Thursday, 7 July 2011

'Whether it's by page or screen, Hogwarts will always welcome you home.'

I’m typing this and watching Harry Potter and the Deathly Hallows Part 2 Premiere Special. And I’ve already watched the last 15 minutes of the live stream. And my cheeks are barely dry.

But why the hell am I crying?! It seems absolutely ridiculous, as deep down I’m repulsed by what a huge franchise the whole thing has become, and I thank God that I’m not JK Rowling. A question, then: what does Harry Potter mean to me?

I first read Harry Potter quite tentively – and only because my brother was reading it. Soon, of course, I was absolutely absorbed in the world of Harry Potter. There were moments when, if my life got too hard, I would dive in Harry Potter, in my own head – a quiet girl of Gryffindor/Ravenclaw – and imagine a wizarding community on the Isle of Wight.

Since picking up the books, I have made a point of re-reading the entire series every summer. I read The Prisoner of Azkaban in between scooping ice creams. As every book came out, I had to wait an agonizing night for my brother to finish them before me. I can remember staying up all night waiting for Nick to finish Deathly soon as he put it outside my bedroom door I was on it. Unfortunately, my last summer wasn’t my best, and I didn’t read Harry Potter, and that's one of the reasons that last summer was so crap, because it was something I really used to look forward to - to beat my personal bests at how long I took to read them, the morbid lists I created, titled, 'People who die in Deathly Hallows'. And, not so morbid, 'Alliterative names'. I love making lists.

Then again, I am terrified of re-reading them, because, although impossible it seems, I must have learnt something about writing since coming to university. Immersive – but good writing? I’m not so sure. But – maybe I don’t give a shit about the writing. I bet I would still get that absoloute gleeful, heart racing feeling as various twists appear, as the books conclude.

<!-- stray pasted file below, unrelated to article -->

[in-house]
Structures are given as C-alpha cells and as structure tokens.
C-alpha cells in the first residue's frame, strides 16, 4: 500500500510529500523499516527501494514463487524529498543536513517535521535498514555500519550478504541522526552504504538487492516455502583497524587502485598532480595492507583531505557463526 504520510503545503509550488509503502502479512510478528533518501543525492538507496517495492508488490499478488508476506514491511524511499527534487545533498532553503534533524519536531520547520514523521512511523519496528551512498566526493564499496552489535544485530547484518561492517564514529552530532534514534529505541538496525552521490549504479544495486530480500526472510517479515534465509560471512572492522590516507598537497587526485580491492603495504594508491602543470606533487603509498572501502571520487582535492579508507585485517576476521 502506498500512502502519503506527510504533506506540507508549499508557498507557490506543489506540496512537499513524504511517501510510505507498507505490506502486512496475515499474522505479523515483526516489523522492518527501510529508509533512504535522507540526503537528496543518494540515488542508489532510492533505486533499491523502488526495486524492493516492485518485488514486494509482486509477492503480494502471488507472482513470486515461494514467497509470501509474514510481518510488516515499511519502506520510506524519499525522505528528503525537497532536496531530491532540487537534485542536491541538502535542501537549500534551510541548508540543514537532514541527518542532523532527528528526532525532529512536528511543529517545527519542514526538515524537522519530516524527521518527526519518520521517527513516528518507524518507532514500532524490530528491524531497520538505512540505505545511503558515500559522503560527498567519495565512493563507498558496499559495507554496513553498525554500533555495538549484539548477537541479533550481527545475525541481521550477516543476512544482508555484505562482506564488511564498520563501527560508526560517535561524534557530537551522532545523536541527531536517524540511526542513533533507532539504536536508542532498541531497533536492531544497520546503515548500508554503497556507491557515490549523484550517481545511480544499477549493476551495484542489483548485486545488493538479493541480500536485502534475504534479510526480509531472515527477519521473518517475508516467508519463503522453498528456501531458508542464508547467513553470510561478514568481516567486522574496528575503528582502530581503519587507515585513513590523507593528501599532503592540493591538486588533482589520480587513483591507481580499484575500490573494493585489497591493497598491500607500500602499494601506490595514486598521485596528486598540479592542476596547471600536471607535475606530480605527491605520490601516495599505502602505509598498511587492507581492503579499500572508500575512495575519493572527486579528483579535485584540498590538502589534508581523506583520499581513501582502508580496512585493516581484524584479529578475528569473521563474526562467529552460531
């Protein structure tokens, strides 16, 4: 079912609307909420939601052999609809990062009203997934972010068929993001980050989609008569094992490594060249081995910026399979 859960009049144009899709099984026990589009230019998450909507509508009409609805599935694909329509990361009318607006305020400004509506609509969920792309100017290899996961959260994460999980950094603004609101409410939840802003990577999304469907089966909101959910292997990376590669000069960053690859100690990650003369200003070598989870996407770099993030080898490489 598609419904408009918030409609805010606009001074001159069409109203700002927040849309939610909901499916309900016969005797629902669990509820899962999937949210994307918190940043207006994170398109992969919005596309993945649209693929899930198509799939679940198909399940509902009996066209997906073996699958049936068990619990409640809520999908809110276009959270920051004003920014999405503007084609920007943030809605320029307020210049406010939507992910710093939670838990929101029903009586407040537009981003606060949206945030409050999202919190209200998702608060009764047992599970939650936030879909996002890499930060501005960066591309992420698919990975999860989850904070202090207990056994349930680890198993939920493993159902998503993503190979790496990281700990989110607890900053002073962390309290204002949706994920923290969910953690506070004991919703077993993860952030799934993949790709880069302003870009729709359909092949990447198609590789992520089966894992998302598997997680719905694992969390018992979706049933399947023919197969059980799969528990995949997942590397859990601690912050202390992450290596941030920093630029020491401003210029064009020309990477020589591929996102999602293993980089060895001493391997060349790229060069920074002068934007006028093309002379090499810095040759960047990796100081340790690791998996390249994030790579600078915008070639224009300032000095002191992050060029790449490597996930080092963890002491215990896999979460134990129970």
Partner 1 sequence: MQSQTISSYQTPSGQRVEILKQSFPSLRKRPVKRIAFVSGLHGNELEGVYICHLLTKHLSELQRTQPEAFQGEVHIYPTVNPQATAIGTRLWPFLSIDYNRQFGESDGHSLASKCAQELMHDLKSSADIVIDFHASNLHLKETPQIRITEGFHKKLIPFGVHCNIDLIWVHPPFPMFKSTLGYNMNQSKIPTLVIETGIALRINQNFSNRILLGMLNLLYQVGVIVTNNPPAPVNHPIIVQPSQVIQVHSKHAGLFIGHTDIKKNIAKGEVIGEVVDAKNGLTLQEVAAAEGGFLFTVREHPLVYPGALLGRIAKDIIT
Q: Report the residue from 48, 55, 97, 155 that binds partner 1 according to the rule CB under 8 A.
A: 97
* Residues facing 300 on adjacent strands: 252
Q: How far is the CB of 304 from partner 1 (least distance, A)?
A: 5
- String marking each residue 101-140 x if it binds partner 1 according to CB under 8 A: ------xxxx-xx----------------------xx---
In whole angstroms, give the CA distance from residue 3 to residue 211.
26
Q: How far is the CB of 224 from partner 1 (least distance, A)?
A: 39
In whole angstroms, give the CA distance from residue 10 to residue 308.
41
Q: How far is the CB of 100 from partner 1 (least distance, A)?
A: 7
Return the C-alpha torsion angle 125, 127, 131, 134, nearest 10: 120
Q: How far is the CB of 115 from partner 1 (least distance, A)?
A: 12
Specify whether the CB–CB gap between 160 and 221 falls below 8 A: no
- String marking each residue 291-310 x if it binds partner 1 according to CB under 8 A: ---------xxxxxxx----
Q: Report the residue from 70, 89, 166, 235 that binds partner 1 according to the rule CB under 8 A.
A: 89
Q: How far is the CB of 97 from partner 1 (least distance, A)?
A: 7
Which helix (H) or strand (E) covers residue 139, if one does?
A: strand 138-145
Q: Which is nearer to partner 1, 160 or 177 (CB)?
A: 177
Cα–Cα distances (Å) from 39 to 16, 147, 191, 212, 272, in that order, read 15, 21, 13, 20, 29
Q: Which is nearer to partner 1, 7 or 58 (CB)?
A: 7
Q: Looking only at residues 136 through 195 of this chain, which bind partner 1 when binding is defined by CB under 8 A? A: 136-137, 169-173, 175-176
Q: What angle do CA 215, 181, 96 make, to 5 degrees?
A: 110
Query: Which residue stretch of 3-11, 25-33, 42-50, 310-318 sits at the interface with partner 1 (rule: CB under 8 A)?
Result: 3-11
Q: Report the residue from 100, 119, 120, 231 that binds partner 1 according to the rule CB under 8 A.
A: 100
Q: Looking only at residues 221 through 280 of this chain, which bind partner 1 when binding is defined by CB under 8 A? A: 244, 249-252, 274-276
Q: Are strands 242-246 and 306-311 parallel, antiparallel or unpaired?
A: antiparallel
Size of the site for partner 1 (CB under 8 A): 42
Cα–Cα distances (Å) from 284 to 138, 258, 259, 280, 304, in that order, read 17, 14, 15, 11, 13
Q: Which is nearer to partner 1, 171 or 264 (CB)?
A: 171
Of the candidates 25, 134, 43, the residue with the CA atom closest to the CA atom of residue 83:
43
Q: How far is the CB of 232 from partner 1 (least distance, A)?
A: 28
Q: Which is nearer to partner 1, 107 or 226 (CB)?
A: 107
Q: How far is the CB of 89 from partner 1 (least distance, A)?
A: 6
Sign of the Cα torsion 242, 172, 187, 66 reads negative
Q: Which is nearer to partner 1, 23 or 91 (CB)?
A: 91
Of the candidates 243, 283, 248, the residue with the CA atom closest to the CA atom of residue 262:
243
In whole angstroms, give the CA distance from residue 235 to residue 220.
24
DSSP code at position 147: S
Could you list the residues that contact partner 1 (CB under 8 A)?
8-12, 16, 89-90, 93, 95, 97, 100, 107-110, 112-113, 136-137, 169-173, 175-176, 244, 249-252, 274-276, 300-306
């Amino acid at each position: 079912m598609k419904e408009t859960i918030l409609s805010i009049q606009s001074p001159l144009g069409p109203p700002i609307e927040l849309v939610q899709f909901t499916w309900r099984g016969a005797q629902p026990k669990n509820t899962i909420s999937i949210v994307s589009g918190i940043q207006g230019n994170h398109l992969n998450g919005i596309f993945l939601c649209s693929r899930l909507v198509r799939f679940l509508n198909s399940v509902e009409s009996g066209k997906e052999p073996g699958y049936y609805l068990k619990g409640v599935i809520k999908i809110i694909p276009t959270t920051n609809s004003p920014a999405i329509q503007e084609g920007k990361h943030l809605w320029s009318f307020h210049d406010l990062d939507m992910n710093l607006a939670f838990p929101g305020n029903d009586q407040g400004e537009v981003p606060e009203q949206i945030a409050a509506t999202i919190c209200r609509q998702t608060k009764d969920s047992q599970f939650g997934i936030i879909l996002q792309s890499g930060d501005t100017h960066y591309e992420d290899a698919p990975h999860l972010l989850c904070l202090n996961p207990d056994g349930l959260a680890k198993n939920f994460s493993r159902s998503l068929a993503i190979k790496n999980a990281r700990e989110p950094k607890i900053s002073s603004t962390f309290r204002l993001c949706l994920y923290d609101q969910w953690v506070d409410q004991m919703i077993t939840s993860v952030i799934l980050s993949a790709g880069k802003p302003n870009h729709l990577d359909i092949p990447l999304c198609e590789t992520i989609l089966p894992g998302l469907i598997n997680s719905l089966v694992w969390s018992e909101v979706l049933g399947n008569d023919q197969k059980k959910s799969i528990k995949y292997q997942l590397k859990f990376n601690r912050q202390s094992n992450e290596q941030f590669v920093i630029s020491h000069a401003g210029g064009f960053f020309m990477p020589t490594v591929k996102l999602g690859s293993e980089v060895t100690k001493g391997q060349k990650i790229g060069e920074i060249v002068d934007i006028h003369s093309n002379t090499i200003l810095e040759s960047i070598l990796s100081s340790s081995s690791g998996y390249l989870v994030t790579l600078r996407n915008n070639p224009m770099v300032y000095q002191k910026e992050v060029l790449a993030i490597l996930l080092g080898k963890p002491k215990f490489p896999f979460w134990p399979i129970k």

The question still remains – what does Harry Potter mean to me?

Sure, it’s probably affected people a lot more than it has me. It keeps on being mentioned that Harry Potter encouraged people to read. I’ve never really had a problem with this, but that is probably the one thing I envy about JK Rowling.  It’s allowed people to really dive into their imaginations, to even lose themselves. Sometimes, too much.

But to me? Harry Potter was obviously a huge part of my childhood. I belong to a Potter generation. As the films have developed, I have grown up knowing the cast are the same age as me, though of course they are impossibly untouchable. I envy Emma Watson because she is clever and beautiful. She’s so famous, one of the richest young women ever, and she’s the same age as me. That’s all I can really think of...although Harry Potter hasn’t really affected my life, it’s affected somebody else’s, and they are the same age as me, yet live a completely different life. It just shows that in life theres so many different options, so many paths, that everything is open to you. All you have to do is dream it. 

Does it seem strange that it's all coming to an end? I know that really it'll never come to an end, and as JK said, the title of this post, 'Whether it's by page or screen, Hogwarts will always welcome you home.' That's what really made me cry.  It'll probably hit me hard when I watch the final film in the cinema. I remember finishing the final book and thinking - that's it. That's done. When I watched LOTR 3, having being so absorbed in that world, that seemed incredibly hard... I was devastated that it was over. That excitement is building again with the Hobbit. With HP I don't think this will be possible, but that isn't a bad thing. JK has got all the Pottermore stuff coming up, which will keep people in tune, which will keep the money rolling.

I think that JK Rowling has created an amazing world from which so much can be grown. All those stories untold. It’s like she’s really telling the world to imagine. That’s what this kind of thing can do – that’s the message they can tell, and ultimately, what I would like to express in my writing.

I can’t imagine what life would be like without Harry Potter. More mundane, perhaps?

Not so...sigh, I apologise for the cliché...magical.

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